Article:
FDA Warns 7 Companies Selling Products That Claim to Protect Against Coronavirus

Paula Liu
By Paula Liu
March 9, 2020COVID-19

Two U.S. federal agencies issued several warning letters to seven companies fraudulently claiming to sell products that would prevent, treat, or cure the COVID-19 coronavirus.

The Food and Drug Administration (FDA) and the Federal Trade Commission (FTC) sent letters on March 6 to Vital Silver, Quinessence Aromatherapy Ltd., LLC doing business as N-Ergetics, GuruNanda, LLC, Vivify Holistic Clinic, Herbal Amy LLC, and the Jim Bakker Show over violations of federal law. The products cited in the joint letter were unapproved drugs and included teas, essential oils, tinctures, and colloidal silver.

“There already is a high level of anxiety over the potential spread of coronavirus. What we don’t need in this situation are companies preying on consumers by promoting products with fraudulent prevention and treatment claims,” said FTC Chairman Joe Simons in a release on Monday. “These warning letters are just the first step. We’re prepared to take enforcement actions against companies that continue to market this type of scam.”

The companies will have 48 hours to respond to the FDA and FTC outlining the steps that they have taken to “correct the violations.” Any supporting documents or explanation should be included in the response, according to the individual letters sent to each company. The agencies also warned the companies that failure to comply may result in “legal action, including, without limitation, seizure and injunction.”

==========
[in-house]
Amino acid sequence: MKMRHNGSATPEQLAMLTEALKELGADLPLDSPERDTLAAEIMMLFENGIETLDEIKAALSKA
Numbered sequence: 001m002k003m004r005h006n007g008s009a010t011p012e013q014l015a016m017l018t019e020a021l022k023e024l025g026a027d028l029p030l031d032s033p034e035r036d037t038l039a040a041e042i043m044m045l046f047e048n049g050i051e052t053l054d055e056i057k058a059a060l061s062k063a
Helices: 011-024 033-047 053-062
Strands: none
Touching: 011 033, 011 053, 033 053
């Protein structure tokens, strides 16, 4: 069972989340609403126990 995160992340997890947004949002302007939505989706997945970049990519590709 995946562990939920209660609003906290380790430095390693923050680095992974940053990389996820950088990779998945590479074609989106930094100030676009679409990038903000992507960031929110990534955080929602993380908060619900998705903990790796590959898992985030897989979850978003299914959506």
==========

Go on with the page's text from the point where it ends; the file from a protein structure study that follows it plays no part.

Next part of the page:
In addition to coronavirus scams, the FDA said it is particularly concerned that people who buy fraudulent products will forgo medical treatment for the virus, which could lead to health problems or seriously threaten the persons life.

“We have an aggressive surveillance program that routinely monitors online sources for health fraud products, especially during a significant public health issue such as this one,” FDA Commissioner Stephen M. Hahn warned. “We understand consumers are concerned about the spread of COVID-19 and urge them to talk to their health care providers, as well as follow advice from other federal agencies about how to prevent the spread of this illness. We will continue to aggressively pursue those that place the public health at risk and hold bad actors accountable.”

COVID-19, the disease the new coronavirus causes, emerged in Wuhan, China, late last year and spread to over 100 countries around the world. There is no vaccine or proven treatment, though many patients have gotten better through rest and medical care.

As of Sunday evening, 34 states and the U.S. capitol have reported more than 500 cases to the Centers for Disease Control (CDC), said Dr. Nancy Messonnier, director of the National Center for Immunization and Respiratory Diseases at the CDC. The agency has also received reports of 19 deaths, with all but one taking place in Washington state.

Florida recently announced two deaths. It wasn’t clear why those weren’t included in the total.

Experts recommend frequently washing hands with soap and water for at least 20 seconds or using alcohol-based hand sanitizer, regularly cleaning surfaces and objects, and not touching one’s face with unwashed hands.

People who become ill should stay at home and contact their doctor or health authorities. Depending on their symptoms, they may be asked to stay isolated at home. If symptoms are severe or in some other cases, patients will be quarantined at hospitals.

Zachary Stieber contributed to this report

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